Doctor Who: The Happiness Patrol - Review

There are some people who will swear-blind that The Happiness Patrol is a masterpiece in storytelling. And I can see that there is a good political story and message hidden underneath its sour exterior. But sadly, The Happiness Patrol comes across looking cheap and horrid.

If you were to ask anyone who worked on this story, they would tell you that The Happiness Patrol was their way of taking the government, at that time ran by Margaret Thatcher and the Torries. However, on face value, there isn't much for them to be impressed about. Thatcher and her Office might be the target for Graeme Curry's script but he doesn't have anything interesting to say about them apart from how awful they were and how poor those miners were. If you look a little further down you might even see something hinting at LGBT-rights as one of the characters is wearing a pink triangle and Helen A's husband runs off with another man. And then there is Ace and Susan Q. But all the good looks at the political issues at the time get ignored.

There is no way that I would describe this to be a well-made story. The sets look like a child did them, they are incredibly cheap looking. The direction from Chris Clough is just as flat and dull as it was in Delta and the Bannermen and Dragonfire. And lets not get started on those 'action sequences', there is no way you can make a get-away on a Go-Kart look interesting.

The pacing is awful as well, even for a three-part adventure, the pacing is slow and plodding. And there isn't much in terms of plot. The Doctor turns up and realises that the population is oppressed and then runs around for the next three episodes. He then overthrows the government really quickly. And there is no danger, no tension and no hint that anyone was in any real danger. Poor Ace is lumbered with nothing to do apart from the same old capture/escape/capture/escape routine. And what does she get for her troubles? She doesn't even get the girl! Despite the obvious spark between Ace and Susan Q, Susan goes off with Earl Sigma in the end despite the pair having virtually no time on screen together.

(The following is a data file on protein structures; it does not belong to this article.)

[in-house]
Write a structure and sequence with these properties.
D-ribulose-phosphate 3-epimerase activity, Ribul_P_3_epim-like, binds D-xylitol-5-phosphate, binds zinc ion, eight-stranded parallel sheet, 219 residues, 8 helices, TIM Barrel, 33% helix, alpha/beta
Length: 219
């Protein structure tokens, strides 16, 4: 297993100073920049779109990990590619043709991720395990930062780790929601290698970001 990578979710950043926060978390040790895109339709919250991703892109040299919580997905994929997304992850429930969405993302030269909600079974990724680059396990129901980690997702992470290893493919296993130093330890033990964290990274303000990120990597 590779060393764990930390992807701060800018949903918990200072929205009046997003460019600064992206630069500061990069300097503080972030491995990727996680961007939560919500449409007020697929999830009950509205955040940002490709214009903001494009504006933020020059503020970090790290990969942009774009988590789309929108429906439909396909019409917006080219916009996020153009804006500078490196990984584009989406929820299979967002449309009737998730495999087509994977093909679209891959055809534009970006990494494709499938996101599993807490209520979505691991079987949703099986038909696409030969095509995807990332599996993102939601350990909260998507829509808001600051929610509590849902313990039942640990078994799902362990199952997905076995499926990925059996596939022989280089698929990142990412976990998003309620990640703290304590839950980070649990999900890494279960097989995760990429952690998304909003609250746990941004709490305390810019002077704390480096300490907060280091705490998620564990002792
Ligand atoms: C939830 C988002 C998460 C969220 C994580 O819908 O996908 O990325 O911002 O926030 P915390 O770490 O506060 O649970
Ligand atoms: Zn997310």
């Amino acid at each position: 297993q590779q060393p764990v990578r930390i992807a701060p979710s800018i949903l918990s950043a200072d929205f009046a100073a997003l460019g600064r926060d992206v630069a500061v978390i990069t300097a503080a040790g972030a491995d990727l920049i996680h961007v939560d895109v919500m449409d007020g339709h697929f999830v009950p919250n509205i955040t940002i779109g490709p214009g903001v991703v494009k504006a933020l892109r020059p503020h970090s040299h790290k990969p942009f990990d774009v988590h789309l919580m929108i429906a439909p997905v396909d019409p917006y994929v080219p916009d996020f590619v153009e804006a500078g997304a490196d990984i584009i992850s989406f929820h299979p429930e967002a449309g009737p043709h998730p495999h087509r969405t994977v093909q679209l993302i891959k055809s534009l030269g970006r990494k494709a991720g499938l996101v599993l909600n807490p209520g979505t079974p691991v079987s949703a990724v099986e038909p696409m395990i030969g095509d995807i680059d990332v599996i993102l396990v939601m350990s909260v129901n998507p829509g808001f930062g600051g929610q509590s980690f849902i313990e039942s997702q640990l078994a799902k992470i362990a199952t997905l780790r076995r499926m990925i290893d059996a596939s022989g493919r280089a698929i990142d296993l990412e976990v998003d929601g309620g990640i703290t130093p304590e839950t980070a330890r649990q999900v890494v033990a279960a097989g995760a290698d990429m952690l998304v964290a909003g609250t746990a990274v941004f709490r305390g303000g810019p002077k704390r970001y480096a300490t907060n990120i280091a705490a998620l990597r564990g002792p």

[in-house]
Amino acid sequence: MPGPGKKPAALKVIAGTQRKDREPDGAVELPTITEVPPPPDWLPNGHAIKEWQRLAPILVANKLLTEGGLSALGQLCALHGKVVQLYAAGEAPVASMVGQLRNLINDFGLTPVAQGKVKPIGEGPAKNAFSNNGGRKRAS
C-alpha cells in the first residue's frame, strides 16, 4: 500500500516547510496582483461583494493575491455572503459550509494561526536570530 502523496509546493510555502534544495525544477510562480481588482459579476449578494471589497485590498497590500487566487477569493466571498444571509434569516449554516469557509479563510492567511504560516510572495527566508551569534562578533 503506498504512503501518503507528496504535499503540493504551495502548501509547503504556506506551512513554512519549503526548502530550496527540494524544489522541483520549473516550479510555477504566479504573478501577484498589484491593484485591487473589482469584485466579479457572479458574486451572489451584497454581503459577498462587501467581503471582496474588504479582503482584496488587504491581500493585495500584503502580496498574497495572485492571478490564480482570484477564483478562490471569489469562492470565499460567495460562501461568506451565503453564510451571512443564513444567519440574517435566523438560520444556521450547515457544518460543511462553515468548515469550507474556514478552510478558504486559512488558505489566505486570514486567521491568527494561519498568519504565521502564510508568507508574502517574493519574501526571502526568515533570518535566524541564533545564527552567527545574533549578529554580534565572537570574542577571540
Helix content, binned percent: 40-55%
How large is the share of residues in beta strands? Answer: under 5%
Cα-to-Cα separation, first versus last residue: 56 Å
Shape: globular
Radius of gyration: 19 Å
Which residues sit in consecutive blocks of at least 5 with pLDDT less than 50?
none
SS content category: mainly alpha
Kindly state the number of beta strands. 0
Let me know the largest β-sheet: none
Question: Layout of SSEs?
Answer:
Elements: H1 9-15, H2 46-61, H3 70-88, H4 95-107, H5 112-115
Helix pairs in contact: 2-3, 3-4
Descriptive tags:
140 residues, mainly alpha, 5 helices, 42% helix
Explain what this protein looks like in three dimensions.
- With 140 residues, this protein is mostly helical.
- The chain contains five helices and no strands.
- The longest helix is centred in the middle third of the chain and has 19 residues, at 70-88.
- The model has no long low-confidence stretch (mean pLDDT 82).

Of course the story is most known for the Kandy Man, a giant Bertie-Bassett, something which the BBC faced legal action for at the time of broadcast. And like the story, some fans will try and tell you the Kandy Man is one of the best monsters the series ever produced. Of course, they are wrong. The Kandy Man isn't terrifying in the slightest. After all, how could you be scared of something that can be stopped by spilling a can of Sprite...